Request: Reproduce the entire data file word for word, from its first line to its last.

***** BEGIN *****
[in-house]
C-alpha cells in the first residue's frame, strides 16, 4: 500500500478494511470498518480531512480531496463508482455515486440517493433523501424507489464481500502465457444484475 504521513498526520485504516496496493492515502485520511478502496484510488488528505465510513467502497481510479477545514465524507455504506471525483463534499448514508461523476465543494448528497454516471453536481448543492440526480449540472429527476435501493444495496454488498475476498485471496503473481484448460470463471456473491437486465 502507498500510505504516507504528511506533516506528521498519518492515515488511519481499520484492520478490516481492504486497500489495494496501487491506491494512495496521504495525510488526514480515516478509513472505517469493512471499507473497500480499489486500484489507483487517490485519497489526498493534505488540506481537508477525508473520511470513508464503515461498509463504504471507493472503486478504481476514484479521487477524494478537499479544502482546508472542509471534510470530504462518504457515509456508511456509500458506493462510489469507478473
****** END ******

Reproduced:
[in-house]
C-alpha cells in the first residue's frame, strides 16, 4: 500500500478494511470498518480531512480531496463508482455515486440517493433523501424507489464481500502465457444484475 504521513498526520485504516496496493492515502485520511478502496484510488488528505465510513467502497481510479477545514465524507455504506471525483463534499448514508461523476465543494448528497454516471453536481448543492440526480449540472429527476435501493444495496454488498475476498485471496503473481484448460470463471456473491437486465 502507498500510505504516507504528511506533516506528521498519518492515515488511519481499520484492520478490516481492504486497500489495494496501487491506491494512495496521504495525510488526514480515516478509513472505517469493512471499507473497500480499489486500484489507483487517490485519497489526498493534505488540506481537508477525508473520511470513508464503515461498509463504504471507493472503486478504481476514484479521487477524494478537499479544502482546508472542509471534510470530504462518504457515509456508511456509500458506493462510489469507478473